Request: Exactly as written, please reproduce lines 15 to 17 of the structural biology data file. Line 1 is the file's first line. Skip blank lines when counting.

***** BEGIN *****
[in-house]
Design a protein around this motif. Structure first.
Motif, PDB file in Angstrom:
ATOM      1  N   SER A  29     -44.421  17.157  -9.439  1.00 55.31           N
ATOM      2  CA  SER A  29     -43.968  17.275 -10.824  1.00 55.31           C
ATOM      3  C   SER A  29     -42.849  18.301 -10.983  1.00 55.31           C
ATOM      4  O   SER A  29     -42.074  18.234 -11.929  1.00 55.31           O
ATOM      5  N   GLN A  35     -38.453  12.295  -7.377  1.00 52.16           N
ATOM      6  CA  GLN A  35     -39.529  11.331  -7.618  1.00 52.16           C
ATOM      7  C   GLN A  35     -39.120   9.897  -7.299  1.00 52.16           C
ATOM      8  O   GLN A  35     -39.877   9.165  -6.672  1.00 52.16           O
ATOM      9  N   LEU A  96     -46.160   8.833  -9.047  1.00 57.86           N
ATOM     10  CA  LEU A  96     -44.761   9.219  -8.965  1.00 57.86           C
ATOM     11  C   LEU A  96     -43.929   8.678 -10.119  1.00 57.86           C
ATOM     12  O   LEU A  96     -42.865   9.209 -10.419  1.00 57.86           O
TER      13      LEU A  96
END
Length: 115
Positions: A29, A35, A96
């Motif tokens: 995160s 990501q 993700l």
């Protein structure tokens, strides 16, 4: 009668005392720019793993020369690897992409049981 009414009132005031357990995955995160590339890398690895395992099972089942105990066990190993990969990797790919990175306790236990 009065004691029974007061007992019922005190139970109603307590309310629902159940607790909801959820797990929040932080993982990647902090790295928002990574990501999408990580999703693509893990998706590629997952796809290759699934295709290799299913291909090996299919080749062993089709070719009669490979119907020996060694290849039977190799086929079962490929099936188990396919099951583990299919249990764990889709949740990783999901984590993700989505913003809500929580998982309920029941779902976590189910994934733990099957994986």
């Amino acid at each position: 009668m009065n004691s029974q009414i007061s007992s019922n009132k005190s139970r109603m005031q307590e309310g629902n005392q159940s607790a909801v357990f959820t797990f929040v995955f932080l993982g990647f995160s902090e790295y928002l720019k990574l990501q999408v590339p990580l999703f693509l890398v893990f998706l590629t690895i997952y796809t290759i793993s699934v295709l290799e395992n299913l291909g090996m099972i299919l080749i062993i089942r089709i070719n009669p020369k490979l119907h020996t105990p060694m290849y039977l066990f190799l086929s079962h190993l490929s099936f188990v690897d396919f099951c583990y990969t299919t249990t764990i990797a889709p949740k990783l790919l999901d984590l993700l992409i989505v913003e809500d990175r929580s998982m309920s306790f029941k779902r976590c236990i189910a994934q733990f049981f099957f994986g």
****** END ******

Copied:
ATOM     12  O   LEU A  96     -42.865   9.209 -10.419  1.00 57.86           O
TER      13      LEU A  96
END